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Trends Neurosci. 1998 Aug;21(8):323-31.

What is the amygdala?

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Neuroscience Program at the University of Southern California, Los Angeles 90089-2520, USA.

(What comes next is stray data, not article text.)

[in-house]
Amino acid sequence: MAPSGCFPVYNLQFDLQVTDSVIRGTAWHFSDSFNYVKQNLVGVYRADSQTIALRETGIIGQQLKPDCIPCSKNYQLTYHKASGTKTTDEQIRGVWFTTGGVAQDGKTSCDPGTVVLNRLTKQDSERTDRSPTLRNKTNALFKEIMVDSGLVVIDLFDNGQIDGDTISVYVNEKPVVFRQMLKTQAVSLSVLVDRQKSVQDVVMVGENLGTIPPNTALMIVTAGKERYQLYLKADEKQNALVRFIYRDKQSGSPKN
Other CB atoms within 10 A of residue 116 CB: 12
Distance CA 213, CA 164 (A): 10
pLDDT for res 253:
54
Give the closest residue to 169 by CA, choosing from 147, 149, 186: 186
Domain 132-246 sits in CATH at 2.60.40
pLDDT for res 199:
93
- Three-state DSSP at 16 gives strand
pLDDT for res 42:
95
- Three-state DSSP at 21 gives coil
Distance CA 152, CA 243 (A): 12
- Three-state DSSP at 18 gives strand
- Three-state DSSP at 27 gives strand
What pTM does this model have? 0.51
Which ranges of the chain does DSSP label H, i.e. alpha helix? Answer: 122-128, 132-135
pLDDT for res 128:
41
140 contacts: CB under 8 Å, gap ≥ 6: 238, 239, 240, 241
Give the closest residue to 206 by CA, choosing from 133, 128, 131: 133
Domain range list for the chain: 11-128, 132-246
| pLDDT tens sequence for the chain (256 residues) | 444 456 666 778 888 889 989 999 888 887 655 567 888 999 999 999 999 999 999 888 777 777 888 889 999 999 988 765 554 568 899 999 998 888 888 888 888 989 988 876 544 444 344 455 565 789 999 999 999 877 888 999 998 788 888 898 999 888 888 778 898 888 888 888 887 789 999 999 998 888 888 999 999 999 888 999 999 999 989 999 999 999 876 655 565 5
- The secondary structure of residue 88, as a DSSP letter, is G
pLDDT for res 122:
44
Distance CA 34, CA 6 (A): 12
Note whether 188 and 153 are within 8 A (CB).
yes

'Amygdala' and 'amygdalar complex' are terms that now refer to a highly differentiated region near the temporal pole of the mammalian cerebral hemisphere. Cell groups within it appear to be differentiated parts of the traditional cortex, the claustrum, or the striatum, and these parts belong to four obvious functional systems--accessory olfactory, main olfactory, autonomic and frontotemporal cortical. In rats, the central nucleus is a specialized autonomic-projecting motor region of the striatum, whereas the lateral and anterior basolateral nuclei together are a ventromedial extension of the claustrum for major regions of the temporal and frontal lobes. The rest of the amygdala forms association parts of the olfactory system (accessory and main), with cortical, claustral and striatal parts. Terms such as 'amygdala' and 'lenticular nucleus' combine cell groups arbitrarily rather than according to the structural and functional units to which they now seem to belong. The amygdala is neither a structural nor a functional unit.

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